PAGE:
Yoga for Computer Users
Sitting in front of a computer for long hours can wreak chaos on the body. The deadly combination of job stress and the physical requirements of continuous computer use are painfully damaging. Basically, sitting with bad posture too long, under stress, paves way to life-hampering health and mental issues. Regular practice of this yoga for computer users sequence could prevent and manage repetitive strain injury.
This sequence comprises certain postures, breathing technique, and a simple yoga mudra, the amalgamation of which could be beneficial in various ways.
Benefits of Yoga for Computer Users
Yoga is an exercise form that bridges the gap between our physical, mental, and spiritual lives by easing chronic and acute pains from all realms. In addition, it also improves circulation, eases stiffness, alleviates inflammation, promotes digestion, lowers stress, relieves eye fatigues, eases headaches, and promotes overall well-being.
30 minutes of yoga each day three to four times week is sufficient to simplify the lives of computer users. The various postures open up your hips and shoulders, releases you wrists and massages your back. The breathing technique helps in releasing the stress while the mudra promotes overall wellness.
A SIMPLE DESKTOP ROUTINE
Tadasana – Mountain Pose
It is a simple, whole body stretch that you can practice anytime to dispel lethargy, energize your body and mind, and ease stiffness.
Stand straight with your feet together, arms resting along your body. Inhale and swing your arms over your head, joining your palms. Stretch your body head, gazing at your fingertips while pressing your feet firmly into the floor beneath you. Once you balance yourself, come on your toe tips to enhance the stretching experience. Breathe deeply, in and out through your nostrils, for added relaxation.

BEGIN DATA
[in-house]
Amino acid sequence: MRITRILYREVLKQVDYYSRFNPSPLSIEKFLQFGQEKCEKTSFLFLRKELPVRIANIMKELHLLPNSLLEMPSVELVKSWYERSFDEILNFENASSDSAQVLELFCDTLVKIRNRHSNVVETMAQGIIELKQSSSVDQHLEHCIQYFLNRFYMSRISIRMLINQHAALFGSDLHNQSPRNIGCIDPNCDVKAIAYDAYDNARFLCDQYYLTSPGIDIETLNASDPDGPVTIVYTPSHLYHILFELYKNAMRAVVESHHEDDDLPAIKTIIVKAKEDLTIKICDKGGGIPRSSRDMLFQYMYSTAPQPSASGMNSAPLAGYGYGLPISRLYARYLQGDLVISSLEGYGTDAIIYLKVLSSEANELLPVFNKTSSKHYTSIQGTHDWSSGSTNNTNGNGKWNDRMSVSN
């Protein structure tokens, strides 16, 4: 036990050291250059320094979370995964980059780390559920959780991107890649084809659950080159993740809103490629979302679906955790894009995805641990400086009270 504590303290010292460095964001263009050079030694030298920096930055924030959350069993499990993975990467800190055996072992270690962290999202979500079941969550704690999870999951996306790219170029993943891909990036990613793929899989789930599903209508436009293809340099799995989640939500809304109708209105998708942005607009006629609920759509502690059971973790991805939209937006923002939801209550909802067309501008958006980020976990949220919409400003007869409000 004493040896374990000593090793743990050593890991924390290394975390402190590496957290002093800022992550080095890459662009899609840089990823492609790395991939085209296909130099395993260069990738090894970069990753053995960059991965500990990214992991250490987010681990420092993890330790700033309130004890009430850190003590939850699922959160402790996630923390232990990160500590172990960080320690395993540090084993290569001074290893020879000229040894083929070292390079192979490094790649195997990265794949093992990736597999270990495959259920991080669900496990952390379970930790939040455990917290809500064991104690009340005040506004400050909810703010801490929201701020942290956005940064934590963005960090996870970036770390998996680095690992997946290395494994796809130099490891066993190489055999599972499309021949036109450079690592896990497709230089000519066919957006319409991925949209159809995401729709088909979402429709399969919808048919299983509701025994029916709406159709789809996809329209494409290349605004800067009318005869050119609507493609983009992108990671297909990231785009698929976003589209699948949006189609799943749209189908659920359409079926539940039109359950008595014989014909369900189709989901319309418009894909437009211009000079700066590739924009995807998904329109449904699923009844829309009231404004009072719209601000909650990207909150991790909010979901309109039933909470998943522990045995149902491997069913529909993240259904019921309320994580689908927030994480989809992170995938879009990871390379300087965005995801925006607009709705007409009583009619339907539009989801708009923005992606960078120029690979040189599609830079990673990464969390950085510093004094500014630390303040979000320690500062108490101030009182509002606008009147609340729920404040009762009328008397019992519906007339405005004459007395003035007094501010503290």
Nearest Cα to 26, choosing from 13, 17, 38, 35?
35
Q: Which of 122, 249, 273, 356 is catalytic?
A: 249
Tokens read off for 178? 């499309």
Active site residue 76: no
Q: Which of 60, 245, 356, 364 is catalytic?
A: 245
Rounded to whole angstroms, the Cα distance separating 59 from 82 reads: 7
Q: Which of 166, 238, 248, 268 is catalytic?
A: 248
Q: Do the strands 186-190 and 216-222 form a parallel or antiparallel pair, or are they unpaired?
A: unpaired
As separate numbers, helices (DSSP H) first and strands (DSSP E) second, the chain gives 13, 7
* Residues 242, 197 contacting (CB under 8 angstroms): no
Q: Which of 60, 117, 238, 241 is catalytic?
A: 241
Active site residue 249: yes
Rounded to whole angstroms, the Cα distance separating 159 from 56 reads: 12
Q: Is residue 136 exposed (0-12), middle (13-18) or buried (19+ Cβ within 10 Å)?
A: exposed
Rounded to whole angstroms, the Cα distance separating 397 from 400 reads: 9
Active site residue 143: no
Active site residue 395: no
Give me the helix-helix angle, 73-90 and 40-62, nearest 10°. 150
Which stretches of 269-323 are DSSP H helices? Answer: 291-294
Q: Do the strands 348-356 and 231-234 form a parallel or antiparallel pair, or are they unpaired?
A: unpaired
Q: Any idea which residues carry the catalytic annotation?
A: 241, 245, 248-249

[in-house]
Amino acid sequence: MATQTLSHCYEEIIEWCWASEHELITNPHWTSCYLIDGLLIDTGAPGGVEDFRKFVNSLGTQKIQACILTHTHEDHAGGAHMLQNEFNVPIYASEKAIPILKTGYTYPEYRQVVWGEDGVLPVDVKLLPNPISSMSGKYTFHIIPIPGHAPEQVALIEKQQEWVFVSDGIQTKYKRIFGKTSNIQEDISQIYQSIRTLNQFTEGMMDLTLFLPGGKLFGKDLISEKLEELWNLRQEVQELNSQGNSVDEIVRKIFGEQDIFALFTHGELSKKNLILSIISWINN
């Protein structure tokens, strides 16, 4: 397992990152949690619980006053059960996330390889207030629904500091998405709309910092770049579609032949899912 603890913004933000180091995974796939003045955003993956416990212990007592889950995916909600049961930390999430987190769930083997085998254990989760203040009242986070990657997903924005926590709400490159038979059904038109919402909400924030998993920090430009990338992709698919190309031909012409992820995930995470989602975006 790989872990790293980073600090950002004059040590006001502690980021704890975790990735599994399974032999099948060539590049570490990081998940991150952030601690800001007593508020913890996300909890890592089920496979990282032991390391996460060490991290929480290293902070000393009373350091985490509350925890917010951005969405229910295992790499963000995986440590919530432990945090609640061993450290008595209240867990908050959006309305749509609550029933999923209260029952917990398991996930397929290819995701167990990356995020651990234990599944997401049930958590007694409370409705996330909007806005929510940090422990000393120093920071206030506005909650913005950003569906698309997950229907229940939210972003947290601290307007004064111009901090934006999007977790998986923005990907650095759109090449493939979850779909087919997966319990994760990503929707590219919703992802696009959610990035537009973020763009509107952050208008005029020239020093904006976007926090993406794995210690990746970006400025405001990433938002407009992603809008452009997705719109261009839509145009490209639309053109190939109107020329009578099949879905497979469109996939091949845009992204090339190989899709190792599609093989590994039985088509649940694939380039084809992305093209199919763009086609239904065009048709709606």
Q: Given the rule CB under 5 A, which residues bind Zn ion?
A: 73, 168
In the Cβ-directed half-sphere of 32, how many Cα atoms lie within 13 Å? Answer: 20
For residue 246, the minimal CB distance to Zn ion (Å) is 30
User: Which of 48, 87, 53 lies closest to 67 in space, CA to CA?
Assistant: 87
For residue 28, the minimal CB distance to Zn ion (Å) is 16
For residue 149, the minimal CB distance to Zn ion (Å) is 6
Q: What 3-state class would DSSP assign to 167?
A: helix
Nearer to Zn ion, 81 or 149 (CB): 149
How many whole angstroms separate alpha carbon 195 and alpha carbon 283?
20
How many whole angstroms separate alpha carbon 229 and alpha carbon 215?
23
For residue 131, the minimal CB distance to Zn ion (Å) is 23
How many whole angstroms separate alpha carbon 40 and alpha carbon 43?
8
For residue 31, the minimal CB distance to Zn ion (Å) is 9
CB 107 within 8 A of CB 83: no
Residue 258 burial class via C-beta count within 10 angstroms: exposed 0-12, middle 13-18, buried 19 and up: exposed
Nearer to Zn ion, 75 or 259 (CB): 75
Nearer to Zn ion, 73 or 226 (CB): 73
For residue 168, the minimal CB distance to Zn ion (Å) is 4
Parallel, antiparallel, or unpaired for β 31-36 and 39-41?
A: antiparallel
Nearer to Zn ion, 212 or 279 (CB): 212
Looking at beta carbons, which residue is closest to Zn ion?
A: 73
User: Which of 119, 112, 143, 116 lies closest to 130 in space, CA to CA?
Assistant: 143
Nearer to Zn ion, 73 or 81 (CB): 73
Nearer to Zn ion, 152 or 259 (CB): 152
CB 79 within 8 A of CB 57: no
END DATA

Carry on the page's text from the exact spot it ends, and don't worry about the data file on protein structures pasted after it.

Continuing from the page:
Uttanasana – Standing Forward Fold
It is the simplest among the forward bends that is well-known for its immediate relaxing benefits. The posture also eases upset tummies and relieves headaches. It also stretches your joints and hamstrings.
Inhale and swing over your head. As you exhale, fold forward from your hips, pushing them backward and resting your abdomen on the thighs. Rest your palms on either sides of your feet or place them wherever they reach at the given moment. Let your head hang freely and close to your shin. Hold the posture, without rounding your back, indulging in deep breaths. You can keep your knees slightly bent, if you feel that you are overextending your hamstrings.
Prasarita Padottanasana – Wide Legged Standing Forward Bend
This posture gifts the same benefits as the previous posture. In addition, it also opens up the hip and groin area, releasing the strain from your lower back. This variation of the posture opens up your shoulders and eases the nagging neck.